On Thursday the management of the US construction equipment manufacturer Caterpillar announced that it was laying off 1,400 workers at its plant in Gosselies, Belgium, which has a total workforce of 3,700. In addition, 190 temporary contracts will not be renewed. In two French plants a further 200 jobs are to be axed.
The plant in Gosselies began operation in 1965 and mainly produces hydraulic excavators and wheel loaders for the European market. The job cuts will have devastating consequences for the city and the entire industrial region of Charleroi. Following the closure of numerous factories, unemployment in the area is around 20 percent.
The company management justified the mass layoffs by citing weak economic growth in Europe. “More fundamentally,” however, are the high costs of production in Belgium, a statement said. “At the moment it would be cheaper for us to import machines to Europe from other group sites than to produce them at Gosselies.”
“These measures though painful are nonetheless to regain competitiveness,” declared the managing director of Caterpillar Belgium, Nicolas Polutnik. The cuts were the only way to secure the existence of the plant beyond 2015, he argued.
Caterpillar made a profit of $697 million in 2012 and employs about 125,000 workers around the world. The company has imposed brutal attacks on workers in recent years, deliberately playing one factory off against another. In doing so, it has worked closely with the trade unions in the different countries in which it operates, which insists that concessions must be accepted to “save jobs.”
In 2010, the company dismissed 22,000 employees internationally, including 733 in its two French factories in Grenoble and Echirolles. In the same year, it hired an additional one hundred workers for its Gosselies factory, with the worker’s wages largely funded by a government program. According to the unions the government paid up to 1,100 euros per month for each of the affected workers, or about 90 percent of net wages.
In 2011 Caterpillar closed a plant in Ontario, Canada, after workers rejected demands that they accept a 50 percent cut in wages, from $28 to $14 per hour. The group then moved production to Indiana in the US, where it pays workers $12.50. Last year Caterpillar in Illinois, in collaboration with the union, froze wages for 6 years in the face of bitter opposition from the workforce.
The trade unions are also playing a key role in enforcing redundancies in Gosselies. They work closely together with management and fully support the logic of sponsoring individual plants. In the past they were repeatedly prepared to accept wage cuts and layoffs in order to ensure the profitability of individual factories.
Jean-Marie Hoslet of the Confederation of Christian Trade Unions (CSC) suggested that the management in Gosselies concentrate more on the export of machinery to compete directly on the world market. He explained that his union would wait to see if management had not exaggerated the numbers of layoffs in order to strengthen their hand in negotiations.
Hillal Sor, a spokesman for the General Federation of Belgian Labour (FGTB), the largest union in the country, told the WSWS that it was too early to think about taking action. First of all it was necessary to inform the staff. Next it was necessary to develop alternatives based on redundancy schemes, and finally one could negotiate with the government and management. Prime Minister Elio Di Rupo of the Socialist Party (PS) invited the unions to attend a meeting held yesterday.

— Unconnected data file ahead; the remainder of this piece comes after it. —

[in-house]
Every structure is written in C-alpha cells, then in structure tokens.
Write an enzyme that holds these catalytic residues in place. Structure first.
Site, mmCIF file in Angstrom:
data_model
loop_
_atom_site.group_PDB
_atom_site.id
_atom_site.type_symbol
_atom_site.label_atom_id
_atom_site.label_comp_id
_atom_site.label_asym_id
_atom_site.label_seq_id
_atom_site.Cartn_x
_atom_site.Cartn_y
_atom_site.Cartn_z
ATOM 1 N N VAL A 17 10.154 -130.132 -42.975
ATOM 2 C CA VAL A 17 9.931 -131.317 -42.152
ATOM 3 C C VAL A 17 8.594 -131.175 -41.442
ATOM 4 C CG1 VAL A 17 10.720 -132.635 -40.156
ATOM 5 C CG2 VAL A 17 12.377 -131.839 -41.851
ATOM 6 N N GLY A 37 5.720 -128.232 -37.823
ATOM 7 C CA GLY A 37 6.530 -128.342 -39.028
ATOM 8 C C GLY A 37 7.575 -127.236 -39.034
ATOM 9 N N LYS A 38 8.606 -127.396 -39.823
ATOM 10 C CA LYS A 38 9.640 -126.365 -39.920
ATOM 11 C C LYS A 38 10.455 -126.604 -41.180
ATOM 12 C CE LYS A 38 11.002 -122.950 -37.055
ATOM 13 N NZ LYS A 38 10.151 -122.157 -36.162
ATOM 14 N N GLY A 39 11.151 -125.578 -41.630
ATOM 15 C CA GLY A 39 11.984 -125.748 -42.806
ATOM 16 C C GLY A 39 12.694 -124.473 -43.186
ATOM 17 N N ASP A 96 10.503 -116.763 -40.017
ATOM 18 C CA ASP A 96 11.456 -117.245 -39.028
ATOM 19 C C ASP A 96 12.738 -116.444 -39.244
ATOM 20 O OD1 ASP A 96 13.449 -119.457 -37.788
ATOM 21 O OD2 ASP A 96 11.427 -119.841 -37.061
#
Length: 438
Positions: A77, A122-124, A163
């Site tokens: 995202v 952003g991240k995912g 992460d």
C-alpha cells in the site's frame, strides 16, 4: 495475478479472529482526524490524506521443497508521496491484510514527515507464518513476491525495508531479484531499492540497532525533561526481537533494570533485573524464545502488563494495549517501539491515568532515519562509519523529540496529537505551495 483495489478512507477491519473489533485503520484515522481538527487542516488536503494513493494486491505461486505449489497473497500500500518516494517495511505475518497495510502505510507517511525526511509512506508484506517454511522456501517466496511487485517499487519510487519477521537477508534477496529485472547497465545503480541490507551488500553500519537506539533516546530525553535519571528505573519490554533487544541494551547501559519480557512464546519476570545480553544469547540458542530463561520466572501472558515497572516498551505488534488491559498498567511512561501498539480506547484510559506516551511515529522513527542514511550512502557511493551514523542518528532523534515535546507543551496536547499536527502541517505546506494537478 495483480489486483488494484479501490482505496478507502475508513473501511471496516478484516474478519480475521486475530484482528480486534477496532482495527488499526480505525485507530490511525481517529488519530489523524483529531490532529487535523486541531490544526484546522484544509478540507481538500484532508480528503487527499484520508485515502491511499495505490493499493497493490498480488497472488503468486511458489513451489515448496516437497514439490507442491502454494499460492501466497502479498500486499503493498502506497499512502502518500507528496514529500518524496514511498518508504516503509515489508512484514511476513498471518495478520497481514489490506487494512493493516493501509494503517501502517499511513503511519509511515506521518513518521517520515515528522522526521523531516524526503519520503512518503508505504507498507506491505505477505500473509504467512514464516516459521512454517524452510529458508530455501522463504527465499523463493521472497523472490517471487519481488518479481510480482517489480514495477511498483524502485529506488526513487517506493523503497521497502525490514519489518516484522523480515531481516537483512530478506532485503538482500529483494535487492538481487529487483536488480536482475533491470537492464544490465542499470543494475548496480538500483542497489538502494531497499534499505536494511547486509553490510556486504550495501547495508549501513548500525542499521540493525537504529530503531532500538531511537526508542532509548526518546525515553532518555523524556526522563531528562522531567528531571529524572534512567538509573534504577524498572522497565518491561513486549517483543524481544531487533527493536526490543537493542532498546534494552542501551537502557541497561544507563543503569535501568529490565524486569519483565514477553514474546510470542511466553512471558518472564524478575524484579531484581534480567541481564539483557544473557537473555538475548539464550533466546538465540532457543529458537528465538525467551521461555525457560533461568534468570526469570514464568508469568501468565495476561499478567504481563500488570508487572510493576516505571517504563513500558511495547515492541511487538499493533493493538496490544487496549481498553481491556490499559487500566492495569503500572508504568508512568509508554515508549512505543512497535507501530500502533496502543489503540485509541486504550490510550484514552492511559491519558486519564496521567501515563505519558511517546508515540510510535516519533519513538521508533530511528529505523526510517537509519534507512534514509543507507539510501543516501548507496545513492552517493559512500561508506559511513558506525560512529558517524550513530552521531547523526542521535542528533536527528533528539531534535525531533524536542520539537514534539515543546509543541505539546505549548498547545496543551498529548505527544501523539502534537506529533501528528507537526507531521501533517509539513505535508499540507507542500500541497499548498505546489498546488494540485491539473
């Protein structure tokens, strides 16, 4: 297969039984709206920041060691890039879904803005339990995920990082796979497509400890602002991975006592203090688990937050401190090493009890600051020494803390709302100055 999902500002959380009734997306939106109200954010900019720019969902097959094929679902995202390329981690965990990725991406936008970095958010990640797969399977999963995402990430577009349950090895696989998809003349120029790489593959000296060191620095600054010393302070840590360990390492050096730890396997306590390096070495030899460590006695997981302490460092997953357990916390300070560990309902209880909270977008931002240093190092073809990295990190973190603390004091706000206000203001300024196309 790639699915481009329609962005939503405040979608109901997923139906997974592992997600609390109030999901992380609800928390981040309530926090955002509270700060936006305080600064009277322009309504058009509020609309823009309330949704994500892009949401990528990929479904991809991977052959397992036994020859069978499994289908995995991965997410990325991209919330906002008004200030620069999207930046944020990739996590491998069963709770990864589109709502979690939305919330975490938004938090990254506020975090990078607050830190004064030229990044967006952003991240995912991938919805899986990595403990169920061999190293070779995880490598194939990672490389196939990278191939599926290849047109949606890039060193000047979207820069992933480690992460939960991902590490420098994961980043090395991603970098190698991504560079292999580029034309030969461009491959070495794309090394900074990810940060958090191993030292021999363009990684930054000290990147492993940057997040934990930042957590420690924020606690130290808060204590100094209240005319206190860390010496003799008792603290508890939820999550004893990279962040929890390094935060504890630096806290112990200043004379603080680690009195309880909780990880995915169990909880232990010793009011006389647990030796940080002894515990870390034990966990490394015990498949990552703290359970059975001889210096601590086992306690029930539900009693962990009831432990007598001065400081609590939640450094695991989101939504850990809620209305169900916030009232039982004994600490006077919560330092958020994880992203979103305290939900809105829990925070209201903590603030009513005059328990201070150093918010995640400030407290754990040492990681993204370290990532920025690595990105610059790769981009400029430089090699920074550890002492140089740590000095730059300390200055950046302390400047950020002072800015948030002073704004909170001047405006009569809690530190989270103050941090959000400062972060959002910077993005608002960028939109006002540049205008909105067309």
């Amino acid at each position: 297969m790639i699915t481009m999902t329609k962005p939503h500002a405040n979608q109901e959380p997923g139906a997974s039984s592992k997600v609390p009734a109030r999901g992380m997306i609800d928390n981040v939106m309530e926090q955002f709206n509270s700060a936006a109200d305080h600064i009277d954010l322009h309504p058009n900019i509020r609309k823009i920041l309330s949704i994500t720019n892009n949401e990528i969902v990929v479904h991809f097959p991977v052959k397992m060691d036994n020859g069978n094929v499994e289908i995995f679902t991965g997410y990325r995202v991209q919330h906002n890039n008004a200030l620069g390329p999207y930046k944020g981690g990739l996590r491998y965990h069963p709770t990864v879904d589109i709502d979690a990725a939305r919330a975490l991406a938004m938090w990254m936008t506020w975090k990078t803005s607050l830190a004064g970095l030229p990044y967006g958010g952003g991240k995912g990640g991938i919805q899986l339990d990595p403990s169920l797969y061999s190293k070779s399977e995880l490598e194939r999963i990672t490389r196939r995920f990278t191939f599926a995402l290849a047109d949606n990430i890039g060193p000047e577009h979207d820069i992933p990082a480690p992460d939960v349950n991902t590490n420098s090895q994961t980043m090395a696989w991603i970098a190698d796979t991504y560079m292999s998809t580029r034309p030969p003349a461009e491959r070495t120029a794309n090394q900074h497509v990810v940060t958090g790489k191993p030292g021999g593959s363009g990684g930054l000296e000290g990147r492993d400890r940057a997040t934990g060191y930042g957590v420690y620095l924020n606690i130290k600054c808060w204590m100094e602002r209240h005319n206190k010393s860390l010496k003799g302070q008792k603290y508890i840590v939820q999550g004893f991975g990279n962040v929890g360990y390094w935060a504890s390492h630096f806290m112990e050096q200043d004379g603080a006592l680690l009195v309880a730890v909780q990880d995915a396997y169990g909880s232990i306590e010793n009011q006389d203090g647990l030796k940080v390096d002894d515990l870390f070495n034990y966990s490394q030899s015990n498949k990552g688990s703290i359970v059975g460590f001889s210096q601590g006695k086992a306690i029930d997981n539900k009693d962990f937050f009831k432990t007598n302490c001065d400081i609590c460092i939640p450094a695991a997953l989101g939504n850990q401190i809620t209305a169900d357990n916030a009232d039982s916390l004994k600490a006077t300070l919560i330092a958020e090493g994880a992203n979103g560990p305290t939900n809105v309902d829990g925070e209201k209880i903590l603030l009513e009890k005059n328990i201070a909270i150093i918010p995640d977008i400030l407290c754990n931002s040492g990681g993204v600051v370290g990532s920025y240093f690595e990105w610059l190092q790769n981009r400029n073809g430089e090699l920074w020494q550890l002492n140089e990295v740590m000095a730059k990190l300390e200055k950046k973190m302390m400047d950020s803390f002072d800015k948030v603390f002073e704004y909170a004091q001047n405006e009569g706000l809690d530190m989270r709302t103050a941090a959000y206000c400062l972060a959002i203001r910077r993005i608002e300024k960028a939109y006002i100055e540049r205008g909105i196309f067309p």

Although the unions have filed notice to strike, their comments make clear that any action will be entirely symbolic. The union bureaucrats have already decided in their headquarters to rubber-stamp the layoffs following negotiations.
By isolating workers at individual factories, in different countries and across industries, the unions are creating conditions for a race to the bottom when it comes to workers’ wages and working conditions across Europe.
The attacks at Caterpillars are part of an international offensive against the social rights of workers. In Belgium the steel maker ArcelorMittal has announced the dismissal of 1,300 workers in Liege, and Ford is seeking to close its work in Genk with the loss of a total of around 10,000 jobs.
In Germany, Hewlett Packard has announced the closure of its Rüsselsheim plant with 1,100 jobs. Commerzbank is to sack 6,000 staff, and the steel giant ThyssenKrupp plans another 3,800 layoffs across Europe. Layoffs have also been announced by Lufthansa, Air Berlin and many other companies.
Experts expect that production “overcapacity” in the European car industry exceeds five million units. To close this gap means the closure of up to 70 plants and the destruction of 115,000 jobs, according to auto industry website autoline.tv.
In addition, workers in Spain, Portugal and Greece, Italy and France are being subjected to new austerity measures imposed by the European Union at the behest of the banks. The official unemployment rate in the euro zone has already reached the record level of 11.7 percent. In Greece, it stands at 27 percent.
There are growing indications of opposition on the part of workers, but the attacks in Europe can only be countered when workers unite internationally to oppose the unions and their logic of playing off workers against one another.
What is needed is the establishment of committees of action in Gosselies, Genk and Liege, which operate completely independently of the unions and establish contact with workers at all other affected plants. The subordination of workers’ wages and jobs to the dictates of profit—the heart of the capitalist system, embraced by the unions—must be countered with an international movement of the working class on the basis of a socialist program.